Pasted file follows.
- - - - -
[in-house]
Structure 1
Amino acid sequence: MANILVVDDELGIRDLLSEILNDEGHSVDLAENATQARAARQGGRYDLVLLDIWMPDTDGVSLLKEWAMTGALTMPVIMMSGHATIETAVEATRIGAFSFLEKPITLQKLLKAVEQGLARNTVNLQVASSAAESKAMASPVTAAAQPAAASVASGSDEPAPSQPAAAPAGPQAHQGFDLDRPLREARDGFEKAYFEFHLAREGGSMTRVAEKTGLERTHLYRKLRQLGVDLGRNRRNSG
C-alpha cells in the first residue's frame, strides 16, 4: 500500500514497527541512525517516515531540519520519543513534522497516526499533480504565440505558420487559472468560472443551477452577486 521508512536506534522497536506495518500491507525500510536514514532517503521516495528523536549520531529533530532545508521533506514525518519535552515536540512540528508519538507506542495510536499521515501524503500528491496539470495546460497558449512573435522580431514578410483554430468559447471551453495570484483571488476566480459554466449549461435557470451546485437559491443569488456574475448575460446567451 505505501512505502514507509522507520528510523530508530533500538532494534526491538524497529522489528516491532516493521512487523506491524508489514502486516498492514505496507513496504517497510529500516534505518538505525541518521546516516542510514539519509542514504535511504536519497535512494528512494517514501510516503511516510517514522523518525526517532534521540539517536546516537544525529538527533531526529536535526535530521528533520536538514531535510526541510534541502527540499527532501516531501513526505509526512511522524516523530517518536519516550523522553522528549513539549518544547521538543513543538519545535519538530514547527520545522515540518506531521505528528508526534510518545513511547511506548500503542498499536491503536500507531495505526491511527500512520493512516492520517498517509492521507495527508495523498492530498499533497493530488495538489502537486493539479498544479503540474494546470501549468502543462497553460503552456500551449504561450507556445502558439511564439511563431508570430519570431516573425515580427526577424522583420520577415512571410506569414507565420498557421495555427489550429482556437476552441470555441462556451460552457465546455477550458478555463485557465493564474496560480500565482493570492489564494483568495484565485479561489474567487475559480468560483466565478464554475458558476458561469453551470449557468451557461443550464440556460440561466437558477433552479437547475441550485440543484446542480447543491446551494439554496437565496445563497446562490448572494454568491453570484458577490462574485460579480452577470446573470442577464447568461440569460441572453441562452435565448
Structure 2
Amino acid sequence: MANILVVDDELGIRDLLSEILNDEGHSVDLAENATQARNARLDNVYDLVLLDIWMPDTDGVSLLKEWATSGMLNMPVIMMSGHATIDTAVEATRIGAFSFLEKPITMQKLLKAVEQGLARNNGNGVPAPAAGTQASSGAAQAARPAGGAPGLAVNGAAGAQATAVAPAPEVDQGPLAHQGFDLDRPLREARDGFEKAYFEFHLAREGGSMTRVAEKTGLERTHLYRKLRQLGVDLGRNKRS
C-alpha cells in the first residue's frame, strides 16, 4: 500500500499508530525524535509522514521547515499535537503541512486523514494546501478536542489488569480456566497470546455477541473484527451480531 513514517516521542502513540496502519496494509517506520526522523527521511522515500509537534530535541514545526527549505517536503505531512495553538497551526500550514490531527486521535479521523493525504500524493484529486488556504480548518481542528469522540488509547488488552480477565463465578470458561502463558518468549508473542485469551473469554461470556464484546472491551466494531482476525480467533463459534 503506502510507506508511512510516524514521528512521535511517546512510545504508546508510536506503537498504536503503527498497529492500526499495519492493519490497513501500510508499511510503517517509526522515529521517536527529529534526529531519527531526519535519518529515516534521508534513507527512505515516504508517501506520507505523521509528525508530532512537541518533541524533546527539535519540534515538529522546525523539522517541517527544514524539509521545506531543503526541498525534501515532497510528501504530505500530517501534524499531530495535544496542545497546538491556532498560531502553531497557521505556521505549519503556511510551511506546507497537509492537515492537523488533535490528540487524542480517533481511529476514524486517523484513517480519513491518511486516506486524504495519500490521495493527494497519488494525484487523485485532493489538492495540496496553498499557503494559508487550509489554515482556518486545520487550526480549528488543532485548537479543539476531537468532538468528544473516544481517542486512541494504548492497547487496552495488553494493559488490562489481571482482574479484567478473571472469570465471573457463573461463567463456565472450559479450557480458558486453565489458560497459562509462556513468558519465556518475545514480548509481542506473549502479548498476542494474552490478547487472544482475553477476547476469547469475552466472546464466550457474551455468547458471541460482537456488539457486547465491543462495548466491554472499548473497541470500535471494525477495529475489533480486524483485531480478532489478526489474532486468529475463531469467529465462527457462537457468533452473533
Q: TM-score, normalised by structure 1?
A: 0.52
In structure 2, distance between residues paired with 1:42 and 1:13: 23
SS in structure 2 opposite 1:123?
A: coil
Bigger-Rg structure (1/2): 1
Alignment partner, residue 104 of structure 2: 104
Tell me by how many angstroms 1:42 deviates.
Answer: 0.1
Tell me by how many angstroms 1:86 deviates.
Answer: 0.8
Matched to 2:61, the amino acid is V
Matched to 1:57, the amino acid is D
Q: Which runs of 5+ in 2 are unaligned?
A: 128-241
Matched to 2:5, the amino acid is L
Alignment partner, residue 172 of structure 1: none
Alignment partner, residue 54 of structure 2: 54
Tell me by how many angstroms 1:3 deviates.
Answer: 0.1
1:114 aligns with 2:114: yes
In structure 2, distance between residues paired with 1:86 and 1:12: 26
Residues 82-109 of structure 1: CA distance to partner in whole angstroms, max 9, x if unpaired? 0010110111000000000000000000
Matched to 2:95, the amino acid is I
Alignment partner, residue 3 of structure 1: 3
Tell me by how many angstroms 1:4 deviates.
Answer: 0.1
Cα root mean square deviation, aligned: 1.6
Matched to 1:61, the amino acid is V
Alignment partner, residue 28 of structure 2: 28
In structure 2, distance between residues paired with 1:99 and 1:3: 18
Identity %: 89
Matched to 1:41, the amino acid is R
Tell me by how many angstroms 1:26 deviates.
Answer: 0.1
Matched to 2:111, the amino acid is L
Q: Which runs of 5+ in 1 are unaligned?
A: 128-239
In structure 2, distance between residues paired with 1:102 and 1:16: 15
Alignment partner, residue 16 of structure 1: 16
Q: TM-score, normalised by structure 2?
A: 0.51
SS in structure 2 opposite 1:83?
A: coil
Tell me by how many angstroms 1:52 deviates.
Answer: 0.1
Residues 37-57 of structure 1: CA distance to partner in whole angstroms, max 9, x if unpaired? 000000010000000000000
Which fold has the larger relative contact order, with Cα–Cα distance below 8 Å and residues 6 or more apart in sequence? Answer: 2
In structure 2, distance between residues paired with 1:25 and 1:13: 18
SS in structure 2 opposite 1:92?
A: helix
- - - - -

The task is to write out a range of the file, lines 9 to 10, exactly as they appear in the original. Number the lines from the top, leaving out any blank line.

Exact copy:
A: 0.52
In structure 2, distance between residues paired with 1:42 and 1:13: 23